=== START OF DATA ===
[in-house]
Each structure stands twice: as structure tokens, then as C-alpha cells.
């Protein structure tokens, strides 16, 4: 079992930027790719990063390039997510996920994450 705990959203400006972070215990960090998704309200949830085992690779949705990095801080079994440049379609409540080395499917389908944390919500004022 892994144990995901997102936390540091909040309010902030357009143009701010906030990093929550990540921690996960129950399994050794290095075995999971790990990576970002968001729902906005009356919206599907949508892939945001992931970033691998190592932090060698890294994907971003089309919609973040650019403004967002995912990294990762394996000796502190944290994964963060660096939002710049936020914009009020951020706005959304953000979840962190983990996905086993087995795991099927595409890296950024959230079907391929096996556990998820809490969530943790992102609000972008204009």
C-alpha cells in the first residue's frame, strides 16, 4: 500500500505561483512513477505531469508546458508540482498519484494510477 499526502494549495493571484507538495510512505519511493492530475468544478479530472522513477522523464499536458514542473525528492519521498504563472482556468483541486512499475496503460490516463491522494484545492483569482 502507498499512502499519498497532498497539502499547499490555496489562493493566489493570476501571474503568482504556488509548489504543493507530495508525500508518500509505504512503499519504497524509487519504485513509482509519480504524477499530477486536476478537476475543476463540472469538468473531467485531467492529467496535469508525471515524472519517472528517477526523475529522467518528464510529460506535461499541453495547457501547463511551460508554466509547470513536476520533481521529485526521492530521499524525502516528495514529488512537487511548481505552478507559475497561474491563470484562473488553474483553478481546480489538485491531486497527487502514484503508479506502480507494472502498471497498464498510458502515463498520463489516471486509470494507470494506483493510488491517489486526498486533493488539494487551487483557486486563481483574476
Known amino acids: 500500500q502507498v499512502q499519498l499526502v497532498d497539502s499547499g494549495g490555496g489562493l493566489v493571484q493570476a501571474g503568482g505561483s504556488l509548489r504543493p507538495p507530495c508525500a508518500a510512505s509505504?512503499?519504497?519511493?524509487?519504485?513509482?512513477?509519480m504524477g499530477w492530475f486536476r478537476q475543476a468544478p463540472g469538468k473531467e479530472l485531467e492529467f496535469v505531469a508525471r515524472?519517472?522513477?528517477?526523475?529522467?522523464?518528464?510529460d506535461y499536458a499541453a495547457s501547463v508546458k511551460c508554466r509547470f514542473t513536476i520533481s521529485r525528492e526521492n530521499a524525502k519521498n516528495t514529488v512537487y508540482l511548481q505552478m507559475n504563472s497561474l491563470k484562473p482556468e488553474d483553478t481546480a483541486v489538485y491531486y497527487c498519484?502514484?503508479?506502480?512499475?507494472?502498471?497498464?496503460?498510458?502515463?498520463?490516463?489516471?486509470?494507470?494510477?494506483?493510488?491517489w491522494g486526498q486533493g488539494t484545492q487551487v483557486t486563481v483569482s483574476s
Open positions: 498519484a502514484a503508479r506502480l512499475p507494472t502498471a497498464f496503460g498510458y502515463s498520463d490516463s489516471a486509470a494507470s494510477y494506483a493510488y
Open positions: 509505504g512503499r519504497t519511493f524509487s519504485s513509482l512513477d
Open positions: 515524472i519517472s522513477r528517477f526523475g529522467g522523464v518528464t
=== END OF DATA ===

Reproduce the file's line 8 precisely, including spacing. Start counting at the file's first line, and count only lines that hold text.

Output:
Open positions: 515524472i519517472s522513477r528517477f526523475g529522467g522523464v518528464t